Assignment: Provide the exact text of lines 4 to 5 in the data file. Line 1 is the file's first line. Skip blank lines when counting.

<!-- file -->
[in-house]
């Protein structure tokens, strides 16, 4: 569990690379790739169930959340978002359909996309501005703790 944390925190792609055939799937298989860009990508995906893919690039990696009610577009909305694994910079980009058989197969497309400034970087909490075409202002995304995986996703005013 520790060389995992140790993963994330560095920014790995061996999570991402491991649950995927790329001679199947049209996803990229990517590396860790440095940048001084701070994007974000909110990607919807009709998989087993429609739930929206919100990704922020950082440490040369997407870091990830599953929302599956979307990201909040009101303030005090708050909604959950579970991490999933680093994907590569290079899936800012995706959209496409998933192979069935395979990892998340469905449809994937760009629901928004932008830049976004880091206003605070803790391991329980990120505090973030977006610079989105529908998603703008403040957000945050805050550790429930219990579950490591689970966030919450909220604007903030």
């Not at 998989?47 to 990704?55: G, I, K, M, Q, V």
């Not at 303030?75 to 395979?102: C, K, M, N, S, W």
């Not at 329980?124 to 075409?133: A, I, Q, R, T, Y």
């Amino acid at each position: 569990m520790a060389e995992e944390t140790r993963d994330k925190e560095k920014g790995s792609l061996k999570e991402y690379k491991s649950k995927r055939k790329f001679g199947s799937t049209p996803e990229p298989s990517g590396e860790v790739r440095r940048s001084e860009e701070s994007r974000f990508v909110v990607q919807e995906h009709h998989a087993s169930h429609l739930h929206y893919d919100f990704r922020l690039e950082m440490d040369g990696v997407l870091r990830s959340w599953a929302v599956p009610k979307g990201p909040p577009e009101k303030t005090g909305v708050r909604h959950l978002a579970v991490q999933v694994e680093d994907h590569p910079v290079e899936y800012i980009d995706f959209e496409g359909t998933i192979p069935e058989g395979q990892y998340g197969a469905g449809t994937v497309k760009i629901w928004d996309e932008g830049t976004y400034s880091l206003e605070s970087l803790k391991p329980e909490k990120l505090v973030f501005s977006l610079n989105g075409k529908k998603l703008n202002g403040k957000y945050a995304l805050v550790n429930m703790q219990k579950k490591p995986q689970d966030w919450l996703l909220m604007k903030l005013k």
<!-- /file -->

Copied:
């Not at 303030?75 to 395979?102: C, K, M, N, S, W």
């Not at 329980?124 to 075409?133: A, I, Q, R, T, Y």